Calling the police is not a proper reaction to Manchester United losing a Cup tie, nor will they patch you through to Sir Alex Ferguson

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“Hello you’ve reached the police, how can I help?”

“Yeah, could I speak to Sir Alex Ferguson, please?”

“Not by the 999 line, I’m afraid.”

So begins an entertaining, yet completely inappropriate, call to the GMP Manchester North after Manchester United’s loss to Sunderland in Thursday’s second leg of the Capital One Cup semi-finals. A supporter was so filled with alcohol disgust at the Red Devils performance that he needed to speak with Sir Alex Ferguson.

And what better way to get a hold of him than by dialing 999 (England’s version of 911)?

The Manchester Evening News has the audio here, and it’s might as well be a radio show’s comedy bit.

After the initial exchange of pleasantries, the caller goes on to ask for his hero again.

CALLER: “Sir Alex Ferguson… the result is all wrong. You have extra time and it was a total and utter load of rubbish.”

OPERATOR: “Sir, you’re actually on the 999 police line. Is there any crime you need to report to the police this evening?”

CALLER: “Yeah, a crime. I’ll report a crime.”

OPERATOR: “And what crime is that?”

CALLER: “The crime is that Manchester United, Manchester United, were absolutely knackered.”

Look, I’d be troubled, too, if I just watched my favorite team put on a show that could’ve been titled, “My First Penalty Kicks,” but I like to think that even a 100 bottles of single malt wouldn’t have me on the horn with the local emergency line (Seriously, the call is funny for the absurdity of it but I don’t need to hear about it happening in your town, despite what Chuck D. might proffer).

If you’re doubting the validity, here’s the Facebook page for the police (who are gifted in both dry humor and social media):

source:

Truly.

Report: USMNT’s Arriola drawing transfer interest abroad, in MLS

AP Photo/LM Otero
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Paul Arriola’s motor was constantly running as the United States men’s national team claimed its sixth Gold Cup title, and it could drive him all the way from Club Tijuana to Europe or a prime spot on an MLS roster.

There’s a snag, though.

[ MORE: Everton wins Europa opener ]

Arriola is reportedly wanted by Real Salt Lake and clubs in both the Netherlands and Portugal, but the LA Galaxy has what Goal.com describes a “dubious homegrown player” claim on Arriola, who participated in a minimal of practices with the Galaxy when he was younger.

As you’ll see below, there isn’t much “homegrown” about it and, to its critics, it is peak MLS monopolized tomfoolery. Here’s how Goal describes it:

“He was already a U.S. youth national team player when he traveled the 120 miles from Chula Vista to take part in a handful of training sessions with the LA Galaxy academy and eventually the Galaxy first team.

“The Galaxy are believed to hold a homegrown player claim on Arriola, and would have the right of first refusal on making Arriola an offer if he comes to MLS. The Galaxy’s current salary-cap situation might not allow them to make a serious bid for Arriola.”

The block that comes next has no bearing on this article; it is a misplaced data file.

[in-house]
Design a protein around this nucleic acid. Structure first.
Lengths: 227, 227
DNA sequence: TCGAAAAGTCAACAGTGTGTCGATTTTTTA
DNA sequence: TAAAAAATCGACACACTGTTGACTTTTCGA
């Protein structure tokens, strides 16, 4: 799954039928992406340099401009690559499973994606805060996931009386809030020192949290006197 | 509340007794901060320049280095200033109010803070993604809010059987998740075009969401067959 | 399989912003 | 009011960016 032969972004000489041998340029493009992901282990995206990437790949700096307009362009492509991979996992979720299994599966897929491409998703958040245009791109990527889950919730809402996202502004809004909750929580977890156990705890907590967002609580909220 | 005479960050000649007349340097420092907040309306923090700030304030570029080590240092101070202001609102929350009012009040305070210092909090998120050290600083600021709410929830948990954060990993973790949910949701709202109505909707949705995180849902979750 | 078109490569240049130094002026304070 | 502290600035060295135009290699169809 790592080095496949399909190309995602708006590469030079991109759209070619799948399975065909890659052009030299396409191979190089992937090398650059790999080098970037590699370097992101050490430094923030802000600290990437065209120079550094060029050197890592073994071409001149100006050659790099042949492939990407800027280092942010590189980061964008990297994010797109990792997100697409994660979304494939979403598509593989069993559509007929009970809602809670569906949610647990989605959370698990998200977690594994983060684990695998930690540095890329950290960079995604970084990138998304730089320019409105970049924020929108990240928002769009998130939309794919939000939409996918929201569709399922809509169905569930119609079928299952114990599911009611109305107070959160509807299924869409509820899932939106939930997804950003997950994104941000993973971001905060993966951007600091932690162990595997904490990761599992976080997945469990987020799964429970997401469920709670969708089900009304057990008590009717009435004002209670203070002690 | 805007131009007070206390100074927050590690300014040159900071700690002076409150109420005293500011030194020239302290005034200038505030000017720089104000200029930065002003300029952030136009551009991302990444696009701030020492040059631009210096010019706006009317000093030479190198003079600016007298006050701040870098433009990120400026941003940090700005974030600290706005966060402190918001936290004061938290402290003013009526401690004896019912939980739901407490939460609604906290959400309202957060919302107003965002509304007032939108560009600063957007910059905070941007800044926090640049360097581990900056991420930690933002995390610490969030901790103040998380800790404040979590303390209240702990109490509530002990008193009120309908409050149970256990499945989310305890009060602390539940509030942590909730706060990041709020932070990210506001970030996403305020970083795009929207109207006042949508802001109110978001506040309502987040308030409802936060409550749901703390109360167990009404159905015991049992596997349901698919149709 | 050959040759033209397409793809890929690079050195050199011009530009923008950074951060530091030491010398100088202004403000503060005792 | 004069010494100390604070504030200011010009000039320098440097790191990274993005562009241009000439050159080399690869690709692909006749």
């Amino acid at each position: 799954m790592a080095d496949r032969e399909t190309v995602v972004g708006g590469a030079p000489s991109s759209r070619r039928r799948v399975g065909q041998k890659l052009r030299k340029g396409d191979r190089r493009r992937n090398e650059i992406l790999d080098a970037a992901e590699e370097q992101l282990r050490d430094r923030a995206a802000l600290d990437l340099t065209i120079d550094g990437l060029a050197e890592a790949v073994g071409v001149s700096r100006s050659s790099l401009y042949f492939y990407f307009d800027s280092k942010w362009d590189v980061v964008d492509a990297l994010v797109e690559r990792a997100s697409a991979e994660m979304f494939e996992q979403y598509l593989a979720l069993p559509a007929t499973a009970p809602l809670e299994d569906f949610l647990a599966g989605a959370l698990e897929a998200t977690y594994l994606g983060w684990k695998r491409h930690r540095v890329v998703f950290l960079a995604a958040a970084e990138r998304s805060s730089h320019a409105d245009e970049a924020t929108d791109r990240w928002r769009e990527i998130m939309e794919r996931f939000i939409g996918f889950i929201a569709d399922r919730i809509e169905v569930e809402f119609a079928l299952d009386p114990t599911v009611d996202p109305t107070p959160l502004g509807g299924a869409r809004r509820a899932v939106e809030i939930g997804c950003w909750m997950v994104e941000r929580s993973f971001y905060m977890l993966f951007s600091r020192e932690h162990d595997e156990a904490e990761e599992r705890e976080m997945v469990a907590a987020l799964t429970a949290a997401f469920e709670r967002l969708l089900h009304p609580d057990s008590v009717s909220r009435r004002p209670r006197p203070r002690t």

But… here’s how the Galaxy described his choosing to sign for TJ instead of a pro deal from LA in 2013:

“It’s a little disappointing,” Galaxy technical director Jovan Kirovski told MLSsoccer.com by phone on Friday. “He went through our system, we offered him a contract and he decided to move on and go somewhere else. But that’s going to happen. It’s something that has happened before, and it’s something that will happen again.”

Arriola’s response in the same article? “I thank the Galaxy for giving me a wonderful opportunity to train with their first team and be a part of their first team which really taught me a lot.” That doesn’t read as much like he “went through their system.” He played in at least one U-18 game, debuting in October 2012, did more training with TJ in December 2012, and signed for the Mexican side in May 2013.

Should that qualify him as Homegrown?

https://www.transfermarkt.com/paul-arriola/leistungsdaten/spieler/189876

Did Arriola spent significant time with LA, or is it possible the Galaxy might reap rewards from having an already established youth national teamer to practice when he was a kid? Whether you’re okay with that or not, consider that it encourages clubs to pilfer rights without actually registering or training the player.

Not to mention there is no guarantee that playing in the Netherlands or Portugal will be better for his development than MLS. Benfica or Ajax and potential action in European tournaments? Maybe. NAC Breda or Tondela? Maybe not.

Nevermind the quagmire that is American youth soccer clubs’ not earning money from transfer fees, the Arriola drama seems baseless. We don’t know the Galaxy will hold the player hostage, but they would actually be depriving MLS of a talent, as LA would theoretically get nothing should TJ sell him to a European club.

In any event, check out Arriola’s use chart from Tijuana and you’ll see why he’s valued by Bruce Arena as well as his suitors. He’s a Swiss Army Knife. Here’s hoping Tinseltown doesn’t stop him from a proper next step (assuming he’s ready to leave Liga MX).